Another week has flown past in the dizziness of early summer. Thankfully the temperatures have dropped and it's been more like the Pacific Northwest out here in the hills of the Northeast. Perhaps that's why this week's list features nothing that really feels like summer music to me. Granted a number of these albums were released in the late winter and early spring, which makes it very different from last week's list since I've heard many of these albums quite a few times. But there is one brand new release here just to keep it fresh. Enjoy.
HIM - Tears on Tape: It's hard to believe that it's been 16 years since this Finish love metal band first appeared on the scene, and even harder to believe that they can continue to produce such genuinely great music. Sure they continue to tap into the same metaphors of death and love to weave their ballad metal tracks, but it always manages to feel sincere. "Love Without Tears," "Into the Night," and "No Love" are stand out tracks on the album. The inclusion of live studio versions of the band's most popular songs is a nice addition. Definitely a must for fans.
Scorpions - Taken By Force: One of the most under-appreciated bands of the '70s, mostly due to the image damage done by the 80's and the radio sterility of "Rock You Like a Hurricane." Before all that though, this was an amazing glam metal band. Released in 1977, this is the follow up to their legendary Virgin Killer album, and the last studio album with Uli Jon Roth on guitar. After the simple intro track, "Steamrock Fever," the album picks up with the prog gem "We'll Burn the Sky." The rest of the album continues on a prog metal vibe with songs like "The Sails of Charon" and "The Riot of Your Time." Though missing some of the manic genius of its predecessor, with exception of "He's a Woman - She's a Man," this is solid heavy rock album and certainly worth checking out.
Skip Bifferty - Skip Bifferty: Released in 1968, this is the only album from the psychedelic pop band. It's an inconsistent album, but a decent enough curiosity with some good songs like the "See Emily Play" inspired "Jeremy Carabine." Vocally, it's melodic but not exceptionally strong. Musically the guitar is easily the best part, featuring some great psych riffs. "Time Track" is the one really exceptional song on the album. Having recently listened to The United States of America album, released the same year, this album pales in comparison for an experimental pop album, but interesting nonetheless.
Shout Out Louds - Optica: The Swedish indie pop band's fourth studio album owes a lot to the 80's synth style pop. It's been six years since their breakthrough album Our Ill Wills, featuring the irresistible "Impossible," and somehow it seems the band is still chasing that sound. There is an attempt at a playful back and forth between the male and female voice, but the music in the background feels so dated that it has way of making it all fall a little flat. Recently I've been listening a lot to Joy Zipper, which attempts the same thing and achieves it with far superior results. All that said, this isn't a terrible album. It's easy to listen to, it's not offensive, it just kind of fades away even as your listening to it. My favorite tracks are "Sugar," "14th of July," "Destroy," and "Hermila."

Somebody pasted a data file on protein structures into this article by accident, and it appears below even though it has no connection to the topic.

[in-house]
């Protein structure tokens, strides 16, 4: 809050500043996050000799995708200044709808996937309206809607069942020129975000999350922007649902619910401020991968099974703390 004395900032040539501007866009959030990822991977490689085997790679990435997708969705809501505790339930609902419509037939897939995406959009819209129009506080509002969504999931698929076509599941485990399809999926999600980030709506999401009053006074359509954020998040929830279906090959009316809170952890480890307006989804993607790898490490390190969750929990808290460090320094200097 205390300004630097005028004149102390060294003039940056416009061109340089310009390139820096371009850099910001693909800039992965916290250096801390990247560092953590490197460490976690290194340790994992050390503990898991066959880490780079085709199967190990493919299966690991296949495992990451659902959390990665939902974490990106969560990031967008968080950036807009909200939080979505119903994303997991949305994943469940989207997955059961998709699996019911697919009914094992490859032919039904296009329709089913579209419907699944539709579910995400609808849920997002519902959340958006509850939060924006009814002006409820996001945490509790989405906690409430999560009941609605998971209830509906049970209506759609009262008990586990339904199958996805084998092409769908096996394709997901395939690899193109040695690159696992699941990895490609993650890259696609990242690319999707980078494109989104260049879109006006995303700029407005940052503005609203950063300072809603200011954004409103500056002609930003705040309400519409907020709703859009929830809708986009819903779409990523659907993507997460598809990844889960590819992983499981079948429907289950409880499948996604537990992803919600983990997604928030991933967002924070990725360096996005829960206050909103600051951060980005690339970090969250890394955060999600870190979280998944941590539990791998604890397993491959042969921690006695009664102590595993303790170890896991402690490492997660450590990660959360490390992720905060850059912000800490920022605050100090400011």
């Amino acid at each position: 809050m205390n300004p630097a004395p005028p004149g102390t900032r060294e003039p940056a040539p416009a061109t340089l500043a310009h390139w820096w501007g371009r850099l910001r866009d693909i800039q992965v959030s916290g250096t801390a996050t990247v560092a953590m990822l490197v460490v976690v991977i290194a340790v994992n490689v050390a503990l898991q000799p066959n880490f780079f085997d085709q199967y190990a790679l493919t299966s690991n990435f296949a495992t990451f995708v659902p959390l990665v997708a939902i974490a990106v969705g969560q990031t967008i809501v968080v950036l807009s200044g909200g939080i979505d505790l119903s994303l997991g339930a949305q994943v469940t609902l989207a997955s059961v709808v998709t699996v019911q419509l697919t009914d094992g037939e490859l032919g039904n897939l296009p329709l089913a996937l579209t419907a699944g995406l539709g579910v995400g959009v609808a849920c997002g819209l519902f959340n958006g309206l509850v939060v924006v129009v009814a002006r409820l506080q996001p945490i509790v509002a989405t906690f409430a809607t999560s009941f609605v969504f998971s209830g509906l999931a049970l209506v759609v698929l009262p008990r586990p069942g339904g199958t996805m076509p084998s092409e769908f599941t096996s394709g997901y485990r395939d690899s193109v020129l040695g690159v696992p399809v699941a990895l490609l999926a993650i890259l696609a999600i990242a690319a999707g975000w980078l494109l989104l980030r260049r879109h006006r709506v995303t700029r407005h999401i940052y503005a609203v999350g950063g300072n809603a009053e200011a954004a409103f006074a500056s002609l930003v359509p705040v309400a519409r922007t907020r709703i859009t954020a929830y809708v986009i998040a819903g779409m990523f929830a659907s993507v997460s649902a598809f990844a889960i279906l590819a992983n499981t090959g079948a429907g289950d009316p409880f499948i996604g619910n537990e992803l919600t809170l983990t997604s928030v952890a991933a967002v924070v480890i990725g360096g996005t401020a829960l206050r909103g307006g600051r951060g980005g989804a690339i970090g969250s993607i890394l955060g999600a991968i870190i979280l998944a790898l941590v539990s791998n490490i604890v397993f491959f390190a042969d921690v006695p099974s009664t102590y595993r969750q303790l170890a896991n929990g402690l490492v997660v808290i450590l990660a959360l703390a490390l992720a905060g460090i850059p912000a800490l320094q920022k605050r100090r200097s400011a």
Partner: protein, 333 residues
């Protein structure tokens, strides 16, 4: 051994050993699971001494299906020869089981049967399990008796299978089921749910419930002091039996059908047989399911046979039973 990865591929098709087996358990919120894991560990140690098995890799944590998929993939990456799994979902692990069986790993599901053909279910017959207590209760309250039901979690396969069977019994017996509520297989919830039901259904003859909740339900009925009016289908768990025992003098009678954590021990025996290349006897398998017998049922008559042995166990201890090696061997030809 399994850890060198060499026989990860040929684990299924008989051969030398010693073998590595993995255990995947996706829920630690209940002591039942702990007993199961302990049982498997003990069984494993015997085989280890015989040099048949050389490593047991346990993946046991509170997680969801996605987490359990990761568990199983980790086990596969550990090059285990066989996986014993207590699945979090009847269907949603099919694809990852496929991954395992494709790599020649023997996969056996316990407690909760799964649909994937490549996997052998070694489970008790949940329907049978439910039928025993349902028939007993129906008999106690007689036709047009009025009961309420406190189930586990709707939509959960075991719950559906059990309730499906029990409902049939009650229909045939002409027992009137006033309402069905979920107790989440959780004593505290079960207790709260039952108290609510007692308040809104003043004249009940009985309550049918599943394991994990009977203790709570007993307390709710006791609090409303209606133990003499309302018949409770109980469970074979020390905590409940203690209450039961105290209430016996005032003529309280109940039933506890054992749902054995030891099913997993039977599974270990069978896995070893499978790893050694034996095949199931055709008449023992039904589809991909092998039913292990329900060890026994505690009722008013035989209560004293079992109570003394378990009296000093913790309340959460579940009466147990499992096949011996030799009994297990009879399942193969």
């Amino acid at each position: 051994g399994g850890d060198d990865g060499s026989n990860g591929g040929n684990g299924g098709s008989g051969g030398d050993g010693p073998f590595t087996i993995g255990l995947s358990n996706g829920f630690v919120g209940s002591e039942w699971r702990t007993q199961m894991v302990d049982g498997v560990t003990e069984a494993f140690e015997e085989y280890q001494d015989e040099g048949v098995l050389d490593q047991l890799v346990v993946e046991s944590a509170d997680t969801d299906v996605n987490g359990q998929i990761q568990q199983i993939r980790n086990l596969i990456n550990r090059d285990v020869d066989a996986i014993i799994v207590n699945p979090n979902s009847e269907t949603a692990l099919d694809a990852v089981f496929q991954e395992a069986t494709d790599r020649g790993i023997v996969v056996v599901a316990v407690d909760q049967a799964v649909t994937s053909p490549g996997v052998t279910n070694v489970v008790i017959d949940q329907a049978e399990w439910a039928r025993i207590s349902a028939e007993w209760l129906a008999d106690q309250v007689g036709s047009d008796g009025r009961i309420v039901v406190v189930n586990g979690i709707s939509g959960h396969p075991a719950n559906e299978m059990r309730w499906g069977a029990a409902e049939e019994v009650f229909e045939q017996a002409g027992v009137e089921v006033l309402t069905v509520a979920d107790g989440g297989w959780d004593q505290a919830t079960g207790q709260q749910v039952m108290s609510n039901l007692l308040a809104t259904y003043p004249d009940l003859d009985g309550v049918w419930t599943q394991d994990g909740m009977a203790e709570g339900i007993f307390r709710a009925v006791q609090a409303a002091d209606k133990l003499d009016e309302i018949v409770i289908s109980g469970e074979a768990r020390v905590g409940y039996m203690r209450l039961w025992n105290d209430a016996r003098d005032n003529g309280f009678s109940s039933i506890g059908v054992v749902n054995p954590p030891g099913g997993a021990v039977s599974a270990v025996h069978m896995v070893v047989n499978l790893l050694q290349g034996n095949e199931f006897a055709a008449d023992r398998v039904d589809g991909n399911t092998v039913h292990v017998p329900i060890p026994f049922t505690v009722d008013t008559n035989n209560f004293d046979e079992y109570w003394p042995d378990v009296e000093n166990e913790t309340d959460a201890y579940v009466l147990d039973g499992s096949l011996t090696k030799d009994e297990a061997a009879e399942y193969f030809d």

Husky Rescue - The Long Lost Friend: The second Helsinki based band on this week's list, this is the fourth album in nine years from the indie band. I love the way they are able to mix dream pop with electronic elements to create a sound that reminds me of The Xx meets Broadcast. They definitely push the experimentation which allows the album to remain intriguing throughout. Definitely an album you need to be in the mood for, but when in that mood, it's quite nice. "Under Friendly Fire," "June," and "Mountains Only Know" are my favorites.
A Hawk and a Hacksaw - You Have Already Gone to the Other World: Fronted by former Neutral Milk Hotel drummer and organ player Jeremy Barnes, this experimental Balkan folk music duo has now released six albums. This, the band's newest, might be the most ambitious to date. Inspired by the film Shadows of Forgotten Ancestors this album takes their sound to a new level. Now based in Budapest, AHAAH have fully committed to the gypsy folk of the land's past. In many ways this sounds as if it were a field recording of some crazy woods tribe celebration. Authentic and brilliant, beautiful and surprisingly accessible. Definitely one of their best.
Kanye West - Yeezus: It seems appropriate to review this album on Father's Day, the day after Kanye became a father for the first time. Due out on Tuesday, this is the long awaited follow-up to 2010's triumphant My Beautiful Dark Twisted Fantasy. He's definitely kept busy between releases, releasing Watch the Throne with Jay-Z and showing up in a million other places. But for the first time since his last solo record, it feels as though the artistic innovator has returned. It would be so easy for someone of Kanye's stature to simply repeat himself and play it safe, which is one of the reasons why it's so commendable that he continues to push himself to give people something they've never heard before. This record, like his last, is the sound of an iconic artist given the space to experiment and succeed. Tapping into an industrial electro rhythm, he adapts his flow to fit the dark mood of this record, and still delivers insightful lyrics that continue to tear apart the culture of celebrity and wealth to reveal the sinister workings that lie beneath the surface. Quite brilliant.